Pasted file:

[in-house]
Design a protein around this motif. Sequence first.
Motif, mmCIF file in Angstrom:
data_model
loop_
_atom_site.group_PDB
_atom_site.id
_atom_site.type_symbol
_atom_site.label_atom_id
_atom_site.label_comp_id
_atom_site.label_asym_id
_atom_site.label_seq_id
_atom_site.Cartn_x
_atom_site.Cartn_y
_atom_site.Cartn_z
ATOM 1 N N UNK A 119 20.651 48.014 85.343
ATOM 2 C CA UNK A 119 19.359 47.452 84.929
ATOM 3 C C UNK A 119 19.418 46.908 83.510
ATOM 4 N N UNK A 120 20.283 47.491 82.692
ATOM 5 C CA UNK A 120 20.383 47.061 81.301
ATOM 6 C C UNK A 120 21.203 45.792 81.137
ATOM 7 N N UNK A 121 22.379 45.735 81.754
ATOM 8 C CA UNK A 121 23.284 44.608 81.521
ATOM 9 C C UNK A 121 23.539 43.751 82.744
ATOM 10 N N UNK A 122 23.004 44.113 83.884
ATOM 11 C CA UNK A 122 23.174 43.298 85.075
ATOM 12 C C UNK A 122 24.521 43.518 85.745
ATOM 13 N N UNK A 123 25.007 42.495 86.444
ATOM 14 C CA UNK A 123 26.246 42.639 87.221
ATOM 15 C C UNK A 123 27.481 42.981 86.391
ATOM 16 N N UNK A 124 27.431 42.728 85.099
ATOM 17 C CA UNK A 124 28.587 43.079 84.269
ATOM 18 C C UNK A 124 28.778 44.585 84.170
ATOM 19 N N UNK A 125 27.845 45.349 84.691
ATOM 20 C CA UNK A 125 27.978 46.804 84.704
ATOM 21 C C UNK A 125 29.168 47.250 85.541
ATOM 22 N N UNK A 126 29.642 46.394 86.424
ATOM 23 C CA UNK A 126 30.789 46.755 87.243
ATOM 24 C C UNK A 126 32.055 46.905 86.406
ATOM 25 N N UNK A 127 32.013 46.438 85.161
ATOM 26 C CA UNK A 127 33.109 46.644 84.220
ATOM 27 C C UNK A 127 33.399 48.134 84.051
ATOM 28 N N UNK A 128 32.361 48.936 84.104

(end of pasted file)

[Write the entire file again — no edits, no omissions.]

[in-house]
Design a protein around this motif. Sequence first.
Motif, mmCIF file in Angstrom:
data_model
loop_
_atom_site.group_PDB
_atom_site.id
_atom_site.type_symbol
_atom_site.label_atom_id
_atom_site.label_comp_id
_atom_site.label_asym_id
_atom_site.label_seq_id
_atom_site.Cartn_x
_atom_site.Cartn_y
_atom_site.Cartn_z
ATOM 1 N N UNK A 119 20.651 48.014 85.343
ATOM 2 C CA UNK A 119 19.359 47.452 84.929
ATOM 3 C C UNK A 119 19.418 46.908 83.510
ATOM 4 N N UNK A 120 20.283 47.491 82.692
ATOM 5 C CA UNK A 120 20.383 47.061 81.301
ATOM 6 C C UNK A 120 21.203 45.792 81.137
ATOM 7 N N UNK A 121 22.379 45.735 81.754
ATOM 8 C CA UNK A 121 23.284 44.608 81.521
ATOM 9 C C UNK A 121 23.539 43.751 82.744
ATOM 10 N N UNK A 122 23.004 44.113 83.884
ATOM 11 C CA UNK A 122 23.174 43.298 85.075
ATOM 12 C C UNK A 122 24.521 43.518 85.745
ATOM 13 N N UNK A 123 25.007 42.495 86.444
ATOM 14 C CA UNK A 123 26.246 42.639 87.221
ATOM 15 C C UNK A 123 27.481 42.981 86.391
ATOM 16 N N UNK A 124 27.431 42.728 85.099
ATOM 17 C CA UNK A 124 28.587 43.079 84.269
ATOM 18 C C UNK A 124 28.778 44.585 84.170
ATOM 19 N N UNK A 125 27.845 45.349 84.691
ATOM 20 C CA UNK A 125 27.978 46.804 84.704
ATOM 21 C C UNK A 125 29.168 47.250 85.541
ATOM 22 N N UNK A 126 29.642 46.394 86.424
ATOM 23 C CA UNK A 126 30.789 46.755 87.243
ATOM 24 C C UNK A 126 32.055 46.905 86.406
ATOM 25 N N UNK A 127 32.013 46.438 85.161
ATOM 26 C CA UNK A 127 33.109 46.644 84.220
ATOM 27 C C UNK A 127 33.399 48.134 84.051
ATOM 28 N N UNK A 128 32.361 48.936 84.104